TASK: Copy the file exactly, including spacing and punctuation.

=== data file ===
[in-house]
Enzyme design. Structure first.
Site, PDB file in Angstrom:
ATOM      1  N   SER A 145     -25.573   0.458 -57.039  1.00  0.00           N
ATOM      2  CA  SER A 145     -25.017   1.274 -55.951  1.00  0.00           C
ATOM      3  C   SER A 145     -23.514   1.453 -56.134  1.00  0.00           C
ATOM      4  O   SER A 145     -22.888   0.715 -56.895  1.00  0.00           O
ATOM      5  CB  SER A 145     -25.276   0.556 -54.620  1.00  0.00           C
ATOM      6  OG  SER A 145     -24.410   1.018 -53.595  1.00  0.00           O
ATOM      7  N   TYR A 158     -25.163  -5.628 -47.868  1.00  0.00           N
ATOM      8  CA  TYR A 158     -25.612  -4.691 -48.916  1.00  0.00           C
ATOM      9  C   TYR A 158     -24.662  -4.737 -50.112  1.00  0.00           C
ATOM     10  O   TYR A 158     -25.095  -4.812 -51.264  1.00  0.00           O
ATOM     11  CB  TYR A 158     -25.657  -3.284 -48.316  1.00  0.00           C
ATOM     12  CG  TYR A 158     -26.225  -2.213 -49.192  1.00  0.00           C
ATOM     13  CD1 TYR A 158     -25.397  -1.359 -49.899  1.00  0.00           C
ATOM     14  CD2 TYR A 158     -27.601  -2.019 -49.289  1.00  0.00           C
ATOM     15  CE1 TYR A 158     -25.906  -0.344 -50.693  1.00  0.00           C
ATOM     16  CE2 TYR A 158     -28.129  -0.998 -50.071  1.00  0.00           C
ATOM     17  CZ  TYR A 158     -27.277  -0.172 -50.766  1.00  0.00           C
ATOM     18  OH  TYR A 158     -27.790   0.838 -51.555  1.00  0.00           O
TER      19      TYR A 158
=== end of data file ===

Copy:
[in-house]
Enzyme design. Structure first.
Site, PDB file in Angstrom:
ATOM      1  N   SER A 145     -25.573   0.458 -57.039  1.00  0.00           N
ATOM      2  CA  SER A 145     -25.017   1.274 -55.951  1.00  0.00           C
ATOM      3  C   SER A 145     -23.514   1.453 -56.134  1.00  0.00           C
ATOM      4  O   SER A 145     -22.888   0.715 -56.895  1.00  0.00           O
ATOM      5  CB  SER A 145     -25.276   0.556 -54.620  1.00  0.00           C
ATOM      6  OG  SER A 145     -24.410   1.018 -53.595  1.00  0.00           O
ATOM      7  N   TYR A 158     -25.163  -5.628 -47.868  1.00  0.00           N
ATOM      8  CA  TYR A 158     -25.612  -4.691 -48.916  1.00  0.00           C
ATOM      9  C   TYR A 158     -24.662  -4.737 -50.112  1.00  0.00           C
ATOM     10  O   TYR A 158     -25.095  -4.812 -51.264  1.00  0.00           O
ATOM     11  CB  TYR A 158     -25.657  -3.284 -48.316  1.00  0.00           C
ATOM     12  CG  TYR A 158     -26.225  -2.213 -49.192  1.00  0.00           C
ATOM     13  CD1 TYR A 158     -25.397  -1.359 -49.899  1.00  0.00           C
ATOM     14  CD2 TYR A 158     -27.601  -2.019 -49.289  1.00  0.00           C
ATOM     15  CE1 TYR A 158     -25.906  -0.344 -50.693  1.00  0.00           C
ATOM     16  CE2 TYR A 158     -28.129  -0.998 -50.071  1.00  0.00           C
ATOM     17  CZ  TYR A 158     -27.277  -0.172 -50.766  1.00  0.00           C
ATOM     18  OH  TYR A 158     -27.790   0.838 -51.555  1.00  0.00           O
TER      19      TYR A 158